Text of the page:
Grenada History

Grenada History

Discovery by Europeans

When Christopher Columbus discovered the island of Grenada on his third voyage in 1498 and called it “Concepti¨®n”, members of the Caribbean tribe lived here, who had driven the local Aruak Indians out of the island from the 13th century. From the 1920s onwards, the island appeared on the maps under the name Grenada (after the Spanish city of Granada).

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Struggle for supremacy

In the 17th century, the island became an object of contention between France and Great Britain. Both countries initially tried unsuccessfully to colonize the island against the resistance of the Caribbean, and it was not until 1650 that a French fort was built on the site of today’s capital, St. George’s. As the French settlers spread further across the island and began to set up extensive plantations for the cultivation of sugar cane, cocoa and coffee, there were bitter fighting battles among the Caribbean. The last 40 warriors are said to have plunged into the sea in 1651 at the legendary ledge “Morne des Sauters” (today “Carib’s Leap”) in order to avoid the enemy’s access.

In 1674 Grenada officially became the property of the French crown. Barely a century later, British troops conquered the island and were awarded it in the Treaty of Versailles in 1783.

According to AbbreviationFinder, African slaves were brought into the country to work on the plantations, where spices (nutmeg, saffron, pepper) were increasingly cultivated in addition to sugar cane and cocoa. In the 1860s it was said that there were around 12,000 black Africans who worked for a few large white landowners. Workers’ revolts against the colonial masters were suppressed. When slavery was banned in the British colonies from 1834, the plantation owners brought contract workers from Asia, especially India, to the island.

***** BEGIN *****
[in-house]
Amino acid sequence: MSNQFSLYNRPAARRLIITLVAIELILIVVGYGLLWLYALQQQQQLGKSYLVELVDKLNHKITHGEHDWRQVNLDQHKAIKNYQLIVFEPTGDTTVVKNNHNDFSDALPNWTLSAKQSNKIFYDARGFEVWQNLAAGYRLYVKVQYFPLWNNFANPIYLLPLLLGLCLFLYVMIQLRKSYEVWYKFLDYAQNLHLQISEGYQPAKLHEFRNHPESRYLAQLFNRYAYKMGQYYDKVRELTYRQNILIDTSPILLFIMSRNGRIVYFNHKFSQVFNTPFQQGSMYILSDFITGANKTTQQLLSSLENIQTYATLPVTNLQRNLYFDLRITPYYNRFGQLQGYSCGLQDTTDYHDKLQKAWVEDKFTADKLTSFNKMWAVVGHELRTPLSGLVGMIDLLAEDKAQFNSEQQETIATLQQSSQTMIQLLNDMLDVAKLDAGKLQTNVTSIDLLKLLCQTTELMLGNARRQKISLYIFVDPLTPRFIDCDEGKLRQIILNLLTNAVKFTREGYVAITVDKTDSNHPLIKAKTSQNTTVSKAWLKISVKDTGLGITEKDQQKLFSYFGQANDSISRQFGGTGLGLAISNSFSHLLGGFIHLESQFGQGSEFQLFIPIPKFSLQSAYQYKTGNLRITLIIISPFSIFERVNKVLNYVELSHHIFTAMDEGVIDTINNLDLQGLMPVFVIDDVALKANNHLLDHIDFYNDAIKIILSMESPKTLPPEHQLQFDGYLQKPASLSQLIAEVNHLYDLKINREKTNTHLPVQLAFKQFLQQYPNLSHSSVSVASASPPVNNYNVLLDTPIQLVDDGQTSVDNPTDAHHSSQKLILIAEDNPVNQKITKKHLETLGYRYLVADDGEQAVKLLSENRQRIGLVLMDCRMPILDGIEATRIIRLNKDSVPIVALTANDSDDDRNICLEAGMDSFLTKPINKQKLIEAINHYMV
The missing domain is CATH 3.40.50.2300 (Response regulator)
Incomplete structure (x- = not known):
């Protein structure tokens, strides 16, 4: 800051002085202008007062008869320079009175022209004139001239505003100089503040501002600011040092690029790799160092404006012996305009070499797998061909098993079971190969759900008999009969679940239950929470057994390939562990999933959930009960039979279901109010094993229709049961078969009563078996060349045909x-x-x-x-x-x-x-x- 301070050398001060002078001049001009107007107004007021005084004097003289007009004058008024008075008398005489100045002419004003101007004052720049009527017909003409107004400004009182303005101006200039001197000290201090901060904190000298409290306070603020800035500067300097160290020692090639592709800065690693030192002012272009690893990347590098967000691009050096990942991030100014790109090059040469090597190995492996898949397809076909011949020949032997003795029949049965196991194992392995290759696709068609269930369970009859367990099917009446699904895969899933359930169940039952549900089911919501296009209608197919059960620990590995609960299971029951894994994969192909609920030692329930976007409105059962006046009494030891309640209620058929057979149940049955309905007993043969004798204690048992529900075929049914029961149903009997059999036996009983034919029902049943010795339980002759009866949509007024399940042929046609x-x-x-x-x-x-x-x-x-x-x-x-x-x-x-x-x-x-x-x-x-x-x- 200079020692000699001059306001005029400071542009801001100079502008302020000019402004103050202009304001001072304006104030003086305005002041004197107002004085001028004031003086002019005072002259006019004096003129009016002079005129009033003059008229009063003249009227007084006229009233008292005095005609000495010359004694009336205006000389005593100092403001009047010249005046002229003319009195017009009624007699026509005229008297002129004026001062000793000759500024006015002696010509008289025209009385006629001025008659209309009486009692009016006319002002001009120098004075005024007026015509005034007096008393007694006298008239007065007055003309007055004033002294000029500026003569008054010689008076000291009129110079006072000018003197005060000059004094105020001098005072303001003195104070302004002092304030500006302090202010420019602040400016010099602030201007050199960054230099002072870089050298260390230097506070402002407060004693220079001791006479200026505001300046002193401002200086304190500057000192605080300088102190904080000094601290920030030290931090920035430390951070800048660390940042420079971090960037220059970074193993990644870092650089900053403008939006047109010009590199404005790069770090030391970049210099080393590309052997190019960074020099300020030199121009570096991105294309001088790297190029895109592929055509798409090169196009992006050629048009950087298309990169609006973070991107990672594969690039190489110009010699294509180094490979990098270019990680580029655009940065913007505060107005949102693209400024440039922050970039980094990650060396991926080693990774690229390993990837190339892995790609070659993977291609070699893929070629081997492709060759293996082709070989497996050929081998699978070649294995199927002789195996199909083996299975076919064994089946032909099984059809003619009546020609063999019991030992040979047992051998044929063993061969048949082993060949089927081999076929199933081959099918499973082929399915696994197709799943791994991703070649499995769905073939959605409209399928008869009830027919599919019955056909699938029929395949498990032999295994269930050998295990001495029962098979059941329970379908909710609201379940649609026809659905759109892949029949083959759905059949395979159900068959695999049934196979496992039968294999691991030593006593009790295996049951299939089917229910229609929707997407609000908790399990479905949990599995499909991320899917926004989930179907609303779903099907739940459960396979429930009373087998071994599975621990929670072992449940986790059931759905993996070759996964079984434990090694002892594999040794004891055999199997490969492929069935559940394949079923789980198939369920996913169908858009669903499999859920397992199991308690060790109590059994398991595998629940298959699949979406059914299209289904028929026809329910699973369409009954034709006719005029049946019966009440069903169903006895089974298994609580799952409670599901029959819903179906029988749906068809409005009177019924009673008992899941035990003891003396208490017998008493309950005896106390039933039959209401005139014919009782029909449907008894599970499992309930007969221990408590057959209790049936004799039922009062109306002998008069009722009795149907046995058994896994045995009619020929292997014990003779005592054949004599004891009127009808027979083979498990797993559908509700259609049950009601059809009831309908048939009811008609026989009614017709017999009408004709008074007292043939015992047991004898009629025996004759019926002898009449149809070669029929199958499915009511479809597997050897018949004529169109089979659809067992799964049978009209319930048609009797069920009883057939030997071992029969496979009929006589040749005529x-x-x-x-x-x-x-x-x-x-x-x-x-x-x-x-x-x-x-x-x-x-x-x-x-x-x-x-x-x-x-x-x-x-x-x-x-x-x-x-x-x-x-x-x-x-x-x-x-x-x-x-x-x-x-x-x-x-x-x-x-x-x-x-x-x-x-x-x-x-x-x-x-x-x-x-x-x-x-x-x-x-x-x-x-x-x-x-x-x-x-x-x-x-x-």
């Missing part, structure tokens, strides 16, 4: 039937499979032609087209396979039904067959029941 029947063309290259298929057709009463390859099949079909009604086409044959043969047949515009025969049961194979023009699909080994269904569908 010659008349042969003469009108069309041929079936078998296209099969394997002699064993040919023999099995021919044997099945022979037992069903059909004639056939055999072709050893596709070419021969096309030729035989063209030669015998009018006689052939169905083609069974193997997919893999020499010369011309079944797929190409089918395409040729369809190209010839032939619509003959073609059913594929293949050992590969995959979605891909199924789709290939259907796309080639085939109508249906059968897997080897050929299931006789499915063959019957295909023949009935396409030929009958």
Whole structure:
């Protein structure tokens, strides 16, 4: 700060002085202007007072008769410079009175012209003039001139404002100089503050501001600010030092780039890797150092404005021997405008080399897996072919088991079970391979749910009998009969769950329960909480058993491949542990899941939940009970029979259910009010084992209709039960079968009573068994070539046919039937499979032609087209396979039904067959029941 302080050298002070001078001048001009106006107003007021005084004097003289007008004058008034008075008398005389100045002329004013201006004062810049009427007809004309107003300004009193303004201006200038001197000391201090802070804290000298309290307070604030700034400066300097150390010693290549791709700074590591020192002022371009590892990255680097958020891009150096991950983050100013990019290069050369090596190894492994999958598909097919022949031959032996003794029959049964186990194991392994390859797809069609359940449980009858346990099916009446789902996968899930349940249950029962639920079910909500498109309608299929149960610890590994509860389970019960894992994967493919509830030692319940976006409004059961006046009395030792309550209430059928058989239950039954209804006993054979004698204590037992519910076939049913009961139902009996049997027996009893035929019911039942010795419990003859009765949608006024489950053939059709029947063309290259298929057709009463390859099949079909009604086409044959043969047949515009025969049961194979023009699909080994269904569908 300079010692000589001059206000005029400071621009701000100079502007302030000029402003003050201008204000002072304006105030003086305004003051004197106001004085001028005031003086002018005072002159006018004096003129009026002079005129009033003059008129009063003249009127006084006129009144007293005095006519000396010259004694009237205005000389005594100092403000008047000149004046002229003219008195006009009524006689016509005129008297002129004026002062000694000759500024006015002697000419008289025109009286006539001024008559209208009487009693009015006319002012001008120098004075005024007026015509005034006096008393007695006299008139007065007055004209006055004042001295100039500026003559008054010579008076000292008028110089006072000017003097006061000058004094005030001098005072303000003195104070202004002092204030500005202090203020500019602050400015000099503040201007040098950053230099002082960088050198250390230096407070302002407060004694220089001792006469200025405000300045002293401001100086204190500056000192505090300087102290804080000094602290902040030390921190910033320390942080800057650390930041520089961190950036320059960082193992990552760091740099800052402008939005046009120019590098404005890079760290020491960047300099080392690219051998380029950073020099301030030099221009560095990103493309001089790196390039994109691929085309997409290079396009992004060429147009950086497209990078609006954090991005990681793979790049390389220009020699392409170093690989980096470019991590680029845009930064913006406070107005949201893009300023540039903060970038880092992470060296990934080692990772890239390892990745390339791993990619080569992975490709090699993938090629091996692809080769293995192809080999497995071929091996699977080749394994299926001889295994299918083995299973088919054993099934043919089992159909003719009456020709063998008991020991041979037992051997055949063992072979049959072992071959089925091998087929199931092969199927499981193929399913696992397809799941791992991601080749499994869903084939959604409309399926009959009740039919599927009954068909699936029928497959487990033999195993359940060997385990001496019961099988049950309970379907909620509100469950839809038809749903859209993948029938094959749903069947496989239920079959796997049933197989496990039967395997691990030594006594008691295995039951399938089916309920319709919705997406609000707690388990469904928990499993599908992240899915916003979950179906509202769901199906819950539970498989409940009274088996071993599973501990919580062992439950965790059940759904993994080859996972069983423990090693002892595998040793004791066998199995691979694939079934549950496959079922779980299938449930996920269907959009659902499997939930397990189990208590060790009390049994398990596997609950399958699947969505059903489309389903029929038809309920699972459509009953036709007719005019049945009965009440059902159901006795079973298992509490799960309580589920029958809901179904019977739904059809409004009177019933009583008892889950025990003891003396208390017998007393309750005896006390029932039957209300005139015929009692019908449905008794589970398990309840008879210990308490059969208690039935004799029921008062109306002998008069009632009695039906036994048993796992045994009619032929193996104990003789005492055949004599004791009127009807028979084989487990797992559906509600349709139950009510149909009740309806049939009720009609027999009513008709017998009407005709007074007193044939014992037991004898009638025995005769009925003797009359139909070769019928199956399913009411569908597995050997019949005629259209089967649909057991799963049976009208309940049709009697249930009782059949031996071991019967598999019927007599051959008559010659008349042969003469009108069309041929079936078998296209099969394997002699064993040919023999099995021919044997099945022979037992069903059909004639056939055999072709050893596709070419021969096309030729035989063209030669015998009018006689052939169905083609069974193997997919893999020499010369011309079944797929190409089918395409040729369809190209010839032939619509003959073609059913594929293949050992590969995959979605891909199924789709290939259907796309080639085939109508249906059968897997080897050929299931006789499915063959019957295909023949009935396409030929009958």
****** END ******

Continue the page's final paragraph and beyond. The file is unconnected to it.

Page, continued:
From the colony to the independent state

In 1833 the island of Grenada and the southern islands of the Grenadines were incorporated into the British colony of the Windward Islands. In 1877 the island became a British crown colony.

From 1885 to 1958, the city of St. George’s on the west coast of Grenada was the administrative seat of the Windward Islands. In 1924, after protests by plantation workers against the large landowners and the British colonial power, the island received its own constitution and, from 1940, political rights to vote gradually. General suffrage was introduced in 1951. From 1958 to 1962 Grenada was a member of the “West Indian Federation”, after which the island was again administered by Great Britain.

In 1967, the island gained political autonomy and the status of a state associated with Britain. The “Grenada United Labor Party” (GULP) under the leadership of the large landowner Eric Gairy was able to assert itself as the dominant political force. In 1974 Grenada became independent as a parliamentary monarchy in the British Commonwealth. The British monarch Elizabeth II as head of state was represented on the island by a governor general. Eric Gairy became the first prime minister and thus head of state.

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Its dictatorial leadership and corruption within the government led to economic stagnation, high unemployment and ongoing social tensions. In 1979 there was a coup d’¨¦tat. Socialist Maurice Bishop became the new political leader of the opposition alliance “New JEWEL Movement” (Joint Endeavor for Welfare, Education and Liberty). He headed a revolutionary council that replaced the parliament. Bishop entered into a cooperation and military agreement with Cuba and the Soviet Union and implemented socialist reforms in the country. In 1983 he and some of his cabinet members were murdered by members of their own movement. Shortly afterwards, US and Caribbean troops attacked Grenada, to officially restore democratic conditions and prevent the island from coming closer to Cuba. In new elections in December 1984, the bourgeois New National Party (NNP) won the majority, and its leader Herbert Blaize became the country’s new prime minister. After the elections, the last foreign troops were withdrawn from the island.

The island’s economic situation continued to improve – despite foreign financial aid and the re-privatization of companies. Agricultural production and tourism were hit hard by the devastation caused by hurricanes Ivan (2004) and Emily (2005), and the international financial crisis in 2009 brought another economic downturn.

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